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BRUCE v. NEW YORK LIFE INSURANCE COMPANY

April 28, 2003

MARY BRUCE, PLAINTIFF,
v.
NEW YORK LIFE INSURANCE COMPANY, ET AL., DEFENDANTS.



The opinion of the court was delivered by: Maxine M. Chesney, United States District Judge

MEMORANDUM OF DECISION; FINDINGS OF FACT AND CONCLUSIONS OF LAW

In this action, plaintiff Mary Bruce challenges defendant Aetna Life Insurance Company's*fn1 decision to deny her claim for disability benefits under a group insurance policy subject to the Employee Retirement Income Security Act ("ERISA"). Pursuant to the Court's previous orders, the Court reviews the decision de novo, based on the administrative record. (See Order Re: Standard of Review, filed April 9, 2002, at 2:21-22; Order Denying Pl.'s Mot. for Summ. J., filed May 10, 2003, at 5:2-4, 15-17; Order Denying Pl.'s Mot. to Submit Additional Evidence, filed September 3, 2002.)

On February 21, 2003, the Court conducted a trial on the administrative record. Gregory C. Cattermole of the Law Offices of Joseph W. Carcione, Jr., appeared on behalf of plaintiff. Allison M. Dibley of Sedgwick, Detert, Moran & Arnold appeared on behalf of defendant. Having considered the administrative record, the trial briefs, and the arguments of counsel, the Court finds and rules as follows.

LEGAL STANDARD

In an ERISA case, disputes of fact are "resolved by trial." Kearney v. Standard Ins. Co., 175 F.3d 1084, 1094 (9th Cir.), cert. denied, 528 U.S. 964 (1999). "In a trial on the record, . . . the judge can evaluate the persuasiveness of conflicting testimony and decide which is more likely true." Id. at 1095.*fn2 The trial court "consider[s] anew both the legal and factual aspects of [the plaintiff's] claim." Thomas v. Oregon Fruit Products Co., 228 F.3d 991, 995 (9th Cir. 2000).

BACKGROUND

On April 26, 1994, plaintiff was injured in an automobile accident. (Administrative Record ("AR") at 483.) At that time, plaintiff was employed by Kaiser Permanente ("Kaiser") as an administrative nurse, (AR at 482), and was a participant in Kaiser's long-term disability insurance plan under a policy issued by New York Life Insurance Company ("New York Life"). (AR at 552-67.)

On October 18, 1994, plaintiff applied for disability benefits, stating that as a result of injuries incurred in the automobile accident, she was totally disabled as of April 27, 1994. (AR at 483.) On December 6, 1994, New York Life approved plaintiff's claim for long term disability benefits "on the basis disability commenced 4/27/94." (AR at 476.)

On January 5, 1998, New York Life notified plaintiff of its decision denying plaintiff's claim, effective November 30, 1997. (AR at 89-91.) New York Life explained that although medical records indicated plaintiff has cervical sprain, headaches, and lumbar pain, a vocational consultant had determined that plaintiff had the qualifications and residual physical capacity for several vocations and that New York Life had not received "medical documentation supporting total disability from performing any occupation." (AR at 89-90.) New York Life also informed plaintiff of her right to request that New York Life review the denial. (AR at 90.) Thereafter, plaintiff requested such review. (See AR at 51.) On November 12, 1998, after considering additional information provided by plaintiff and her treating physician, New York Life reaffirmed its denial of benefits, stating "[W]e are reaffirming our determination that you did not meet the policy definition of disability at the time your benefits were terminated, November 30, 1997." (AR at 19.)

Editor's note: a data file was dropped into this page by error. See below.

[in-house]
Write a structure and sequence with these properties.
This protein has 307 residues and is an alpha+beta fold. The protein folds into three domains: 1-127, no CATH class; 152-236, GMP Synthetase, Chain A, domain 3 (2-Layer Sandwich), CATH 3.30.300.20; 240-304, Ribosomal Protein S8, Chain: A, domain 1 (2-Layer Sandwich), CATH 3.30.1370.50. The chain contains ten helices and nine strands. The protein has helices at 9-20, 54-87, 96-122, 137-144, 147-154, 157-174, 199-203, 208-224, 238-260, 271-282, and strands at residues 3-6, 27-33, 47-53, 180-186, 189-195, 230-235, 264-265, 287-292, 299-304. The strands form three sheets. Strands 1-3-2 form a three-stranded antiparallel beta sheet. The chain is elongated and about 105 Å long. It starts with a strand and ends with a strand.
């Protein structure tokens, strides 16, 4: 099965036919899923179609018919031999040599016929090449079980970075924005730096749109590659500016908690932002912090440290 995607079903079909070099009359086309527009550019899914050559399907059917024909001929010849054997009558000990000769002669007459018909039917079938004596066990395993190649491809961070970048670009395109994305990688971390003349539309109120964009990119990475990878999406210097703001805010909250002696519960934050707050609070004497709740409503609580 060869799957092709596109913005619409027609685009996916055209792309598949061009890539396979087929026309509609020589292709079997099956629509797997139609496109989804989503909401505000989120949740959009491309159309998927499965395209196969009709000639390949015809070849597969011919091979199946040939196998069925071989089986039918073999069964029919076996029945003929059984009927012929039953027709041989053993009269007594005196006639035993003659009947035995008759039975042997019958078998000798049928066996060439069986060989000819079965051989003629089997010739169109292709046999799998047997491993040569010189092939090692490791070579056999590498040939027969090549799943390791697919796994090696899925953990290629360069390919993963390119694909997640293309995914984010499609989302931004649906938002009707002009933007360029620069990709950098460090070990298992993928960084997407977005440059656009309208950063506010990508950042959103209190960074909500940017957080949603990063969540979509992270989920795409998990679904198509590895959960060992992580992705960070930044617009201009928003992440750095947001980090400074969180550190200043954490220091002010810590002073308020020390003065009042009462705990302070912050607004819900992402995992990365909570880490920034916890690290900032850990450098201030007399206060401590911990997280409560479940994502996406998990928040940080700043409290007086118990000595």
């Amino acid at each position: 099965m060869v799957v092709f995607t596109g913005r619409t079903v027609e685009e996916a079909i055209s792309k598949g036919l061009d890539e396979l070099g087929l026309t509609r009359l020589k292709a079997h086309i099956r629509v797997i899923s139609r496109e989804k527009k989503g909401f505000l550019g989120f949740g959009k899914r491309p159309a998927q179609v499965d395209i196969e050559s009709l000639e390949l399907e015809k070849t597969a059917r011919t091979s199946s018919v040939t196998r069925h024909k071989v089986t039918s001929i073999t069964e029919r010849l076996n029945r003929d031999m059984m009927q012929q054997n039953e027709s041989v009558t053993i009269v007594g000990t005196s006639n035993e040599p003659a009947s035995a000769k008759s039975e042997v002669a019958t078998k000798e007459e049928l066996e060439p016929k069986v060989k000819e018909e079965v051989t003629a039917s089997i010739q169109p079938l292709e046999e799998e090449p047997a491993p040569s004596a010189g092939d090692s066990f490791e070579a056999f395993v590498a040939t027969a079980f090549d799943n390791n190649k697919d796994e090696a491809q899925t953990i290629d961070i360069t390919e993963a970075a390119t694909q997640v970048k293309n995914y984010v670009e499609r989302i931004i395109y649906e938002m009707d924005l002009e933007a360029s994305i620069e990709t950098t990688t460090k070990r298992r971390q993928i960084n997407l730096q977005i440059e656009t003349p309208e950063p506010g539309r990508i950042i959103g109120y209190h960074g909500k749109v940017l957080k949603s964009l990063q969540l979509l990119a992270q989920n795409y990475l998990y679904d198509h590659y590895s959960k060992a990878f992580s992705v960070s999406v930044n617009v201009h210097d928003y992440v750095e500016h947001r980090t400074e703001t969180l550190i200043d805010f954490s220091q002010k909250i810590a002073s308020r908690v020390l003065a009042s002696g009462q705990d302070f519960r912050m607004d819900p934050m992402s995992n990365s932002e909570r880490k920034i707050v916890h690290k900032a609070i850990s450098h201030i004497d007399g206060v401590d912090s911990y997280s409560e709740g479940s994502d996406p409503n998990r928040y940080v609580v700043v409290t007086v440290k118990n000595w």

On November 1, 1999, plaintiff filed a complaint in state court. On April 28, 2000, defendant removed the action to district court.

DISCUSSION

A. Analysis of Plaintiff's Claim

Under the terms of the subject policy, New York Life was required to pay disability benefits "upon receipt of due proof that the employee, while insured under [the] policy, became totally disabled as defined [in the policy] as a result of bodily injury or sickness . . . ." (AR at 539.) The policy defines "totally disabled" as follows:

An employee shall be considered totally disabled if during a period of 24 consecutive months from the beginning of his qualifying period he is unable to perform with reasonable continuity the substantial and materials acts necessary to pursue his usual occupation in the usual or customary way, and if at the end of said 24 month period and during the continuance thereafter of his disability, he is unable to engage with reasonable continuity in another occupation in which he could reasonably be expected to perform ...

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